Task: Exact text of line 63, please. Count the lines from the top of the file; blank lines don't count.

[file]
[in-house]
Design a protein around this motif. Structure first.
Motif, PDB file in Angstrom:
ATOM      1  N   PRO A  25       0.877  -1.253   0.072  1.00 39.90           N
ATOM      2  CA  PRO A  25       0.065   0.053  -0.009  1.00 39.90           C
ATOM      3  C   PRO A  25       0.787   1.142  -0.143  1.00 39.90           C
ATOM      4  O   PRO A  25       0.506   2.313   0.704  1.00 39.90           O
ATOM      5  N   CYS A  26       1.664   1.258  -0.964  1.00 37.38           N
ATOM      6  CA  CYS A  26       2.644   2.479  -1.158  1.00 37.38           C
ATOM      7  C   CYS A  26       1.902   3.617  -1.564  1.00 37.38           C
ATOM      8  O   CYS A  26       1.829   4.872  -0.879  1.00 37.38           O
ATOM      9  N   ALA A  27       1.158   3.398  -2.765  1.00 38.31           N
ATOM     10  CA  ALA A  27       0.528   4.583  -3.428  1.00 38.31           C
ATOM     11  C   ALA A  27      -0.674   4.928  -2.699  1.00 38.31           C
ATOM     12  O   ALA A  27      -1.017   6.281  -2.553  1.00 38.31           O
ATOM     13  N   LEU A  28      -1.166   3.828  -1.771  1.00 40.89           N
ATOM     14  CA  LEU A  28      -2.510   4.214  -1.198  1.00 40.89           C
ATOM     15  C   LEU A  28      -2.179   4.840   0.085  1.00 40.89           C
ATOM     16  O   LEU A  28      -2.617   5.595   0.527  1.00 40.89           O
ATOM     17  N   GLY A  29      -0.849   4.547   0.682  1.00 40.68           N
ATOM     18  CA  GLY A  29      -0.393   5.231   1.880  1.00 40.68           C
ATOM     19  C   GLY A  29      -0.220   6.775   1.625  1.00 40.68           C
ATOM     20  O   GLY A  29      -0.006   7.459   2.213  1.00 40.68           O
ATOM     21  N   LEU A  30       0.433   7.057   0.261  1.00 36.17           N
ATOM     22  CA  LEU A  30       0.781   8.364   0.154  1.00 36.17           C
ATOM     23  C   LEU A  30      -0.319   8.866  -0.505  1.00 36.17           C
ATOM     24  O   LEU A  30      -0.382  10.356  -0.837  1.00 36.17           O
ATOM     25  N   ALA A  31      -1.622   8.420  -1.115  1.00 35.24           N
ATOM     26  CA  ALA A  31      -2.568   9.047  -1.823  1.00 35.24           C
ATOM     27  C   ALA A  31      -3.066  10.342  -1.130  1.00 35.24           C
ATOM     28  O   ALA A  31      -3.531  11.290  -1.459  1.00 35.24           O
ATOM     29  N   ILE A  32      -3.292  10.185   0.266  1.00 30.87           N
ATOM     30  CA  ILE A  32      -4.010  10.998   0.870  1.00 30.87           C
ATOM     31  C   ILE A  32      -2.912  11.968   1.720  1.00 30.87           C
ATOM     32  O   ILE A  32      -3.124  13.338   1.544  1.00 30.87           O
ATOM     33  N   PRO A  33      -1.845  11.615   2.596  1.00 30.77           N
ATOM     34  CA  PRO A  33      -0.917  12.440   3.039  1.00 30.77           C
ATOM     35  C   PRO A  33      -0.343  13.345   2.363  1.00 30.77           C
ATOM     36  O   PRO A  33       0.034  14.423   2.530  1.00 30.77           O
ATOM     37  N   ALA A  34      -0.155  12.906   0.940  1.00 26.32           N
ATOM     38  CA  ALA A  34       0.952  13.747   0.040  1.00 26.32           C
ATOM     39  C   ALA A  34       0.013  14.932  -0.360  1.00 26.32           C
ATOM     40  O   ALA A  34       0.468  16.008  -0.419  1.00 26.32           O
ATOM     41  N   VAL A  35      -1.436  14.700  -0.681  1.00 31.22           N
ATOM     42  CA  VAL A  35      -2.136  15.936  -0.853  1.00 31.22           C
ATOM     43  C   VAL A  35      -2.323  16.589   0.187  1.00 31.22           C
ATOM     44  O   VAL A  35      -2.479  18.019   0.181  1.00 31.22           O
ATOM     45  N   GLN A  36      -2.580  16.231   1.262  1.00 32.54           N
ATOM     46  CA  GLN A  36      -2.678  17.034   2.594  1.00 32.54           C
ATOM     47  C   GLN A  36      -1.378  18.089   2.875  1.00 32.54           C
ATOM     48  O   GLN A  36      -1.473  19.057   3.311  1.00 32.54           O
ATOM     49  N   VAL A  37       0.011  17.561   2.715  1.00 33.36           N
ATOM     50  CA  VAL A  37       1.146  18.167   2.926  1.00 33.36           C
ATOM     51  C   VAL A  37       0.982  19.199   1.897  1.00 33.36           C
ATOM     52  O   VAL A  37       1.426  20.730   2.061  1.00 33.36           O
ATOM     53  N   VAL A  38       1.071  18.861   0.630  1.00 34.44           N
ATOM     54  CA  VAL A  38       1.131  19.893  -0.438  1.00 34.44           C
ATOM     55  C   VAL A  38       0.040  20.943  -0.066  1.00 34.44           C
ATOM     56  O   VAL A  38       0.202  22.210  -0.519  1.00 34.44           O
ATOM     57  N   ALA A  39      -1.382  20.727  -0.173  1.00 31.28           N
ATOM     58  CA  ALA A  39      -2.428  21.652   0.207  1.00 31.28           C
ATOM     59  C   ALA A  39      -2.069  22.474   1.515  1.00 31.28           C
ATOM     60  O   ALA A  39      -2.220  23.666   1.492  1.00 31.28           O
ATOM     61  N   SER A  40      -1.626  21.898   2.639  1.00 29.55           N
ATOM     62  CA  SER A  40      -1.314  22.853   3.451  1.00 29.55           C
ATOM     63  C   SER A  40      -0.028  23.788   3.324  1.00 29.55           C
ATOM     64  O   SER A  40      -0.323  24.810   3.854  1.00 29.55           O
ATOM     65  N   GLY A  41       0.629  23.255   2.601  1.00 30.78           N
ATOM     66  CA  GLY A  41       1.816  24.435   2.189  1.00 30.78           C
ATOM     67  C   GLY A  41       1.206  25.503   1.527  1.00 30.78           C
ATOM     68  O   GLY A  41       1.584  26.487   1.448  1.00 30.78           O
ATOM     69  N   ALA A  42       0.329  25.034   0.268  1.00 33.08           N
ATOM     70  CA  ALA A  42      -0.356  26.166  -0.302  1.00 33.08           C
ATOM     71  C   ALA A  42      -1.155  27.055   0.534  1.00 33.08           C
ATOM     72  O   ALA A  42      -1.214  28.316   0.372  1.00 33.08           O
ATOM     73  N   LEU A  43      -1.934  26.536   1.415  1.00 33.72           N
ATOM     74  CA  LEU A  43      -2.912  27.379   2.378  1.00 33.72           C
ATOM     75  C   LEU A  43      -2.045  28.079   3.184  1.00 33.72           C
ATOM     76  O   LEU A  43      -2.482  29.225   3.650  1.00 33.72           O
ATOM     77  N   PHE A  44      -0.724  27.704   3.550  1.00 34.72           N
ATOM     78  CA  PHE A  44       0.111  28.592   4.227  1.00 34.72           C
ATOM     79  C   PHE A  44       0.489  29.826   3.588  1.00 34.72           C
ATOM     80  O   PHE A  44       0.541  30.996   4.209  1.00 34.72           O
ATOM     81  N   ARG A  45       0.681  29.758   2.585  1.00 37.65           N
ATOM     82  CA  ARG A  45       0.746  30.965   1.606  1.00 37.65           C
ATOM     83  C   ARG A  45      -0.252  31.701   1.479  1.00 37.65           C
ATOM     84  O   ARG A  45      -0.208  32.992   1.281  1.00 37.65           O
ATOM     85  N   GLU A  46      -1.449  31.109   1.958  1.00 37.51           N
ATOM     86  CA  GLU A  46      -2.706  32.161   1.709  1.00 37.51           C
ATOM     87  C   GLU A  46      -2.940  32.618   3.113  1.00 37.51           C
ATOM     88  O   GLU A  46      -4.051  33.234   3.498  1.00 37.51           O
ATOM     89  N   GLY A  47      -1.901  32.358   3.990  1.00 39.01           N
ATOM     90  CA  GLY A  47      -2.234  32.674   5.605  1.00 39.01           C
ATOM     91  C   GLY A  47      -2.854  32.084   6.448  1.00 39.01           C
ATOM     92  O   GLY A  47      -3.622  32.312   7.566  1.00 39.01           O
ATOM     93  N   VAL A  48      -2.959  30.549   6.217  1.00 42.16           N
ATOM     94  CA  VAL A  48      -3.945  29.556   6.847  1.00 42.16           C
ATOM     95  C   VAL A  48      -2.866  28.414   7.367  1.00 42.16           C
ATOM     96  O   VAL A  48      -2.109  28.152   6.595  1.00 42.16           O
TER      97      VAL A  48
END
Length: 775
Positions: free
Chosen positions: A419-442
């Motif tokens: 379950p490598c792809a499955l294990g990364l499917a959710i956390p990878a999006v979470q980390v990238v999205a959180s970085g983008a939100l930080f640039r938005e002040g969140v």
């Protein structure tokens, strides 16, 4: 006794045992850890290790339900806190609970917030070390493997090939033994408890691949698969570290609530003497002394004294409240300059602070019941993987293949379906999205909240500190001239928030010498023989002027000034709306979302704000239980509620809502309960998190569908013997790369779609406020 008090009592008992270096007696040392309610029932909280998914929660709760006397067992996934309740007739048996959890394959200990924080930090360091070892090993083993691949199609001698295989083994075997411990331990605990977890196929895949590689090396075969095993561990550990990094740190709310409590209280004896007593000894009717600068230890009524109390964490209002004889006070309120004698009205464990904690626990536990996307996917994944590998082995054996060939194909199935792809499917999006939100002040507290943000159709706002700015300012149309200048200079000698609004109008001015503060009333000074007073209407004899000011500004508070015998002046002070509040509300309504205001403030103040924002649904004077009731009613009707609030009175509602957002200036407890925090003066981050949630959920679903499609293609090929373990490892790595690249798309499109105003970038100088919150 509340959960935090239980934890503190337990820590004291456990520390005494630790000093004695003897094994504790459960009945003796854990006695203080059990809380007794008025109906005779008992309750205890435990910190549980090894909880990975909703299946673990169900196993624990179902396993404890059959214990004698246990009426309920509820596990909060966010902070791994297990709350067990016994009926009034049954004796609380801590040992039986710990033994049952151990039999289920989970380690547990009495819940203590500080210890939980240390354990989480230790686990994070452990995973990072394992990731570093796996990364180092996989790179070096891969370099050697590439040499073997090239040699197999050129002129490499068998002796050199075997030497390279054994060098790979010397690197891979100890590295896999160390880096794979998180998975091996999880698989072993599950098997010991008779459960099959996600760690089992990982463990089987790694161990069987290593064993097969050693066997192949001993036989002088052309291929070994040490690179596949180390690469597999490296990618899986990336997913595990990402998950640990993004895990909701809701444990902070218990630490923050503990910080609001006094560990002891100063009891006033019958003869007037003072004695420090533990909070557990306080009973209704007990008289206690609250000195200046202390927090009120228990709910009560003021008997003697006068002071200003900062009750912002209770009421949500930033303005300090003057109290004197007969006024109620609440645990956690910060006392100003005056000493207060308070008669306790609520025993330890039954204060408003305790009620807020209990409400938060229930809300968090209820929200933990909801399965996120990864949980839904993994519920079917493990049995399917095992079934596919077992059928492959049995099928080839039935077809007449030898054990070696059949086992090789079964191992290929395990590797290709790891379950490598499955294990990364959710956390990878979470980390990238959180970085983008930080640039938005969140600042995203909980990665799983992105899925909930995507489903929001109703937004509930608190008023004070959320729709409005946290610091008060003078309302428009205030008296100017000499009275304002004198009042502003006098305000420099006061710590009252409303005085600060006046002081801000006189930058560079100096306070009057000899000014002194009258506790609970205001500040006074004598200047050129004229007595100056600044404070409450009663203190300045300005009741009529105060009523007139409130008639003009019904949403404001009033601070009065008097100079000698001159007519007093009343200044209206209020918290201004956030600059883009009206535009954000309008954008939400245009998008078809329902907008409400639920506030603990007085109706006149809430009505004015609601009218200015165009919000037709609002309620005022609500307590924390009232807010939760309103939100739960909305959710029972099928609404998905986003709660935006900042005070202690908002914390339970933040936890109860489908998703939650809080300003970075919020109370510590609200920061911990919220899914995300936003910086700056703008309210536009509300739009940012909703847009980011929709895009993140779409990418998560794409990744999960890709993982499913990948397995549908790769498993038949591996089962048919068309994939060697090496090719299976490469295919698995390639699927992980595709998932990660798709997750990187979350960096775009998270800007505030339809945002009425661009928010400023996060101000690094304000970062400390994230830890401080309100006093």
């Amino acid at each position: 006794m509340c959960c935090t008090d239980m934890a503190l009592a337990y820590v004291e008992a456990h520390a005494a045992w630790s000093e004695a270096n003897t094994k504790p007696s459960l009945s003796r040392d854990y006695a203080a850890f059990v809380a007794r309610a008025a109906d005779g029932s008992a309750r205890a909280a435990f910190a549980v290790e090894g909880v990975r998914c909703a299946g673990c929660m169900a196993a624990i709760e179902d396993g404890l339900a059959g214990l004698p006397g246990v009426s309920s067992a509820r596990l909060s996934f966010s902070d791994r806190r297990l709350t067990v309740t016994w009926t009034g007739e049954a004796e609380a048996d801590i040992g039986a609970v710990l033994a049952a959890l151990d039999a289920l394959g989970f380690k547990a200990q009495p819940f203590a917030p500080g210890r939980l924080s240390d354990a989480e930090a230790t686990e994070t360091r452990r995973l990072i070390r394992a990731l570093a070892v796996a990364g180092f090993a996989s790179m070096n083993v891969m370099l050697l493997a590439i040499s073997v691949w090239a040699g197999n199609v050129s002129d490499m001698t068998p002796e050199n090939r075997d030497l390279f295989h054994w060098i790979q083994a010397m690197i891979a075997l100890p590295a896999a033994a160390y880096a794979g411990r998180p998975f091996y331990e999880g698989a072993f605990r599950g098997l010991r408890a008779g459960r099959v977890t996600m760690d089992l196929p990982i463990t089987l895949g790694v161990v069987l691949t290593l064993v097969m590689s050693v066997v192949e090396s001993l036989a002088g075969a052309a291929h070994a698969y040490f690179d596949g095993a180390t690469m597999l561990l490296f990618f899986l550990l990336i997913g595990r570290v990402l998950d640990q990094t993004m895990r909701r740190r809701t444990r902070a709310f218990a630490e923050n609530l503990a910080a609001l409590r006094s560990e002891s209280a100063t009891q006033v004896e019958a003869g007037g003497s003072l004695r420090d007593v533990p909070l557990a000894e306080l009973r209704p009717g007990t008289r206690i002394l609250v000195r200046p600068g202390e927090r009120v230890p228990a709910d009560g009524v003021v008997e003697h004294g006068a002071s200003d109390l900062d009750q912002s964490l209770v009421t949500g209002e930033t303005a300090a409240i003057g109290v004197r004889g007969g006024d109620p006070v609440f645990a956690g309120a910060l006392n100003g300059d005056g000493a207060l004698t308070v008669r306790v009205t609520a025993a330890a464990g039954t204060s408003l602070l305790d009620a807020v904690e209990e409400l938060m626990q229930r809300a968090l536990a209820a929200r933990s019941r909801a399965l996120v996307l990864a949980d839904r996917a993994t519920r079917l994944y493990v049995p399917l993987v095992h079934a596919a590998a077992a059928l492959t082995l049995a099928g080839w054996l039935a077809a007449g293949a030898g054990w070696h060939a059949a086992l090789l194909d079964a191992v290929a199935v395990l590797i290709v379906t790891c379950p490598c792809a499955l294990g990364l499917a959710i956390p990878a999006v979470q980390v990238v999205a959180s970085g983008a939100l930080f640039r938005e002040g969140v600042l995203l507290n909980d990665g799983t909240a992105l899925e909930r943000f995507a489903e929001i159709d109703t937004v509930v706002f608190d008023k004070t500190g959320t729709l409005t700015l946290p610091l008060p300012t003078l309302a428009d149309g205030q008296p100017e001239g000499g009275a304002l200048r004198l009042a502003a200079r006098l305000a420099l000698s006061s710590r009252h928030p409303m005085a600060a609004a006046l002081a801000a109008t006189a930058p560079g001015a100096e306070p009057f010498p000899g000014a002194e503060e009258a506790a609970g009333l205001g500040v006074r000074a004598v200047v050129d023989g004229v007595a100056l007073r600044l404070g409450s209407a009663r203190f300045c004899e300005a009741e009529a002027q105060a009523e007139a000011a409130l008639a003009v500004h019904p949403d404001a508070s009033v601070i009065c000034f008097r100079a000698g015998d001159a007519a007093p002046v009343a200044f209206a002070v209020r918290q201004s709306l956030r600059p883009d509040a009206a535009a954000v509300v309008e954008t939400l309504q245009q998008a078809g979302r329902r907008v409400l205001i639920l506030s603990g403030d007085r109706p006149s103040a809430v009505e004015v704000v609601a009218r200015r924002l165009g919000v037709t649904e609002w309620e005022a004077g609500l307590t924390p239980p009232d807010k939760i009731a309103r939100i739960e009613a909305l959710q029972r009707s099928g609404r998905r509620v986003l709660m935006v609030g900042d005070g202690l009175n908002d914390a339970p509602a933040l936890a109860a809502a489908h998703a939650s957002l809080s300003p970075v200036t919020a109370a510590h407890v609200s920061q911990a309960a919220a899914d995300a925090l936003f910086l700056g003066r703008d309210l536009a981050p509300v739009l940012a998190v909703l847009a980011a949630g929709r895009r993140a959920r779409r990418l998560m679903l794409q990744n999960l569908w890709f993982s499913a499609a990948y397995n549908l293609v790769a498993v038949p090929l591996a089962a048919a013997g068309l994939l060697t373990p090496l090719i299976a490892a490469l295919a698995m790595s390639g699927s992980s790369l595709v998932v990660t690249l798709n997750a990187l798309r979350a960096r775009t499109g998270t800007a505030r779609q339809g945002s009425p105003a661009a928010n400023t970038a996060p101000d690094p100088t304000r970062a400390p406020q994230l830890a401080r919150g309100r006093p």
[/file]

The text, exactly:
ATOM     60  O   ALA A  39      -2.220  23.666   1.492  1.00 31.28           O